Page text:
“At least twice a week we take something out of someone’s eye that could have been prevented with safety glasses,” says Alan McCormick, OD, with Via Christi Clinic Optometry in Wichita.
Everyone also should protect their eyes from bright sunlight. Exposure to UV rays can increase one’s risk of developing blinding eye diseases or growths and even early wrinkling of skin around the eyes because of squinting.
Here are some tips for picking the right eye protection
- Ignore color and price. The darkness of sunglasses’ lenses and the cost isn’t nearly as important as the ability to block ultraviolet rays. Look for sunglasses that block 100 percent of both UVA and UVB rays.
- Don’t get sideswiped. Choose sunglasses that wrap around so that harmful rays can’t enter from the side.
- Top off your protection. Besides sunglasses, wear a hat to help block harmful rays.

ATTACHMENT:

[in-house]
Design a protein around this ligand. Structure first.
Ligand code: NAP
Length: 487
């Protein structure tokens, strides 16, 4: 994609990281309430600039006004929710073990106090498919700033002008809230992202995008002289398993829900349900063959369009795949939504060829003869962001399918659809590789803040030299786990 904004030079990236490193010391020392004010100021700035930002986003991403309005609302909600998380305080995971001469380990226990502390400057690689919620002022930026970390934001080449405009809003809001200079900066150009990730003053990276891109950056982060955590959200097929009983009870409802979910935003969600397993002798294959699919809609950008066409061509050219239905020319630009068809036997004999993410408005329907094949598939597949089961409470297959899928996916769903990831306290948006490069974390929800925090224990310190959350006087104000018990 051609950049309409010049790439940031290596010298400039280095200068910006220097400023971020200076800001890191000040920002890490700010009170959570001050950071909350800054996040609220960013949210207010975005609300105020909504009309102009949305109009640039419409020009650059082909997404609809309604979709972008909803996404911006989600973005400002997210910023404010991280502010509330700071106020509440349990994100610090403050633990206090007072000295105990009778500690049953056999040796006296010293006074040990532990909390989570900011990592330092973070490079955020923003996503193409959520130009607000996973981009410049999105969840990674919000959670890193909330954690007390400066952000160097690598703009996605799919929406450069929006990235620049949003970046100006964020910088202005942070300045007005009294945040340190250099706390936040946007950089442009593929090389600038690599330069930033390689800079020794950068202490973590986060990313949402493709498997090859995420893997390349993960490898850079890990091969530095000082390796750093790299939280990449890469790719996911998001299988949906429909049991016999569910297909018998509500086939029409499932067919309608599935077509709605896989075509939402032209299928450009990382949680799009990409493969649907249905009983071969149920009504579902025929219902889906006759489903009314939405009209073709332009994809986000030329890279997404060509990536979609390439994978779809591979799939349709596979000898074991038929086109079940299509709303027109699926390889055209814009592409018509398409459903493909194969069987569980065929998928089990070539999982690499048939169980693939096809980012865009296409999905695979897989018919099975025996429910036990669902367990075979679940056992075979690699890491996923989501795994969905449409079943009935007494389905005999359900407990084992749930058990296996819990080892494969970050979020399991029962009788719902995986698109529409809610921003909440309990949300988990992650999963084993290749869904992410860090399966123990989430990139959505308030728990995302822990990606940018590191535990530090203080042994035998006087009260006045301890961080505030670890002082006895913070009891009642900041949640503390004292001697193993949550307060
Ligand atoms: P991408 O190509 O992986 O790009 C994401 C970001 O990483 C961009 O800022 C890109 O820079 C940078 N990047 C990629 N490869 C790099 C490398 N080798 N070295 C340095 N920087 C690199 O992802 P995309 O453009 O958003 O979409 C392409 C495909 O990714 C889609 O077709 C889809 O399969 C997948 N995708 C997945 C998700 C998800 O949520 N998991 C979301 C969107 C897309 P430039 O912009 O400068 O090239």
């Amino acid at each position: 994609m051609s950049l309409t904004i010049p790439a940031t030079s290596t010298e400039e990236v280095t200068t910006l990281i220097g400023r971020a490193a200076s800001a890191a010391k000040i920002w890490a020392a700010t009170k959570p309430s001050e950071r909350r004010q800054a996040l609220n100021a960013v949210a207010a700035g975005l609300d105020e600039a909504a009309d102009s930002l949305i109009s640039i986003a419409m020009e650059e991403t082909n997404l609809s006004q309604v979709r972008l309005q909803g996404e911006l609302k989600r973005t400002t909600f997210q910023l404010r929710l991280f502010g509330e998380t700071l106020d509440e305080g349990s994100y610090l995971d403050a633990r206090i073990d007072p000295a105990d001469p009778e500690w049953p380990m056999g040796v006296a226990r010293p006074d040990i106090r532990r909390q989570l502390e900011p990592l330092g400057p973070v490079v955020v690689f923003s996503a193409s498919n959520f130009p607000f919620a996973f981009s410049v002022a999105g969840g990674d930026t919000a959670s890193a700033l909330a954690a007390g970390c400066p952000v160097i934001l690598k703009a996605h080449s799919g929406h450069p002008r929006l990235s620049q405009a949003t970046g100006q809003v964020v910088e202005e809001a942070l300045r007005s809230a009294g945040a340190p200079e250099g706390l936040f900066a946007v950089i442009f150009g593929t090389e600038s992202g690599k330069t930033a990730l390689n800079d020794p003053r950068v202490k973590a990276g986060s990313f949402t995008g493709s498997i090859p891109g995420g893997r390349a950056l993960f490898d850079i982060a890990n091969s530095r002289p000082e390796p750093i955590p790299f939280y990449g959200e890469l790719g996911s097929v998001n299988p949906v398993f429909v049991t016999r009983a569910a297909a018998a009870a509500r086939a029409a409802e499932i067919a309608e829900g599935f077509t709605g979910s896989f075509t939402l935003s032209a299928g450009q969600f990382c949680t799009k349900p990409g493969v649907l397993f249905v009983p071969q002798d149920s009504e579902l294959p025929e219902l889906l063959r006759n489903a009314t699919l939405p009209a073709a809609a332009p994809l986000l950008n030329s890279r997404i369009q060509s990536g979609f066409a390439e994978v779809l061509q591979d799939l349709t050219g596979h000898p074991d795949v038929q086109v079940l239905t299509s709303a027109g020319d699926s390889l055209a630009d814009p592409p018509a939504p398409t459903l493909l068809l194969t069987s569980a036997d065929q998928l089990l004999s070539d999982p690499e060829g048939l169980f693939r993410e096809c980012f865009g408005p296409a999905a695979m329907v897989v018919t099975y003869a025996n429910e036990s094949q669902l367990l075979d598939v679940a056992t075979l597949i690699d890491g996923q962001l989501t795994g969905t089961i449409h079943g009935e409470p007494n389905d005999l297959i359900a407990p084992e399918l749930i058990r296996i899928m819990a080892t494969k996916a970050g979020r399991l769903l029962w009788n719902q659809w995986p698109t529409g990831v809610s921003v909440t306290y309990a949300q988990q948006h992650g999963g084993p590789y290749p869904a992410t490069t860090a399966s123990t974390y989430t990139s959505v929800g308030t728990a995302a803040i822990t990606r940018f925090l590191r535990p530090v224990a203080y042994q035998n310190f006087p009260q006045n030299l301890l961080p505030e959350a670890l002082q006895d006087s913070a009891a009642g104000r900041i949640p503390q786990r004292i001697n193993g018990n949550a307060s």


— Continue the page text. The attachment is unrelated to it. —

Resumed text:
- Wear year-round. Sunglasses aren’t just for the sun or summer. Your eyes can be damaged by the sun’s rays during the winter or on hazy days.
- Plastic or polycarbonate. Plastic lenses are less likely to shatter. Polycarbonate lenses are really strong but scratch easily — they are most often used in sports eyewear.
- Different standards for different sports. Some activities — such as paintball, racquetball — require eyewear protection. Anyone who wears glasses regularly should wear protective eyewear for sports activities, McCormick recommends. The global standard organization ASTM sets different eye-safety standards — from small goggles to face protection — by individual sports.
At home and work
- Have a pair on hand. The AAO and the American Society of Ocular Trauma recommend that every household have a pair of American National Standards Institute-approved eyewear on hand for work involving flying debri — as with mowers and weed eaters — and chemicals. The ANSI rating is found on lenses or frames. They are readily available at hardware stores.
- Job standards. OHSA (Occupational Safety and Health Administration) sets standards for workplace safety glasses. Make sure your employer informs you how to keep your eyes protected, when applicable.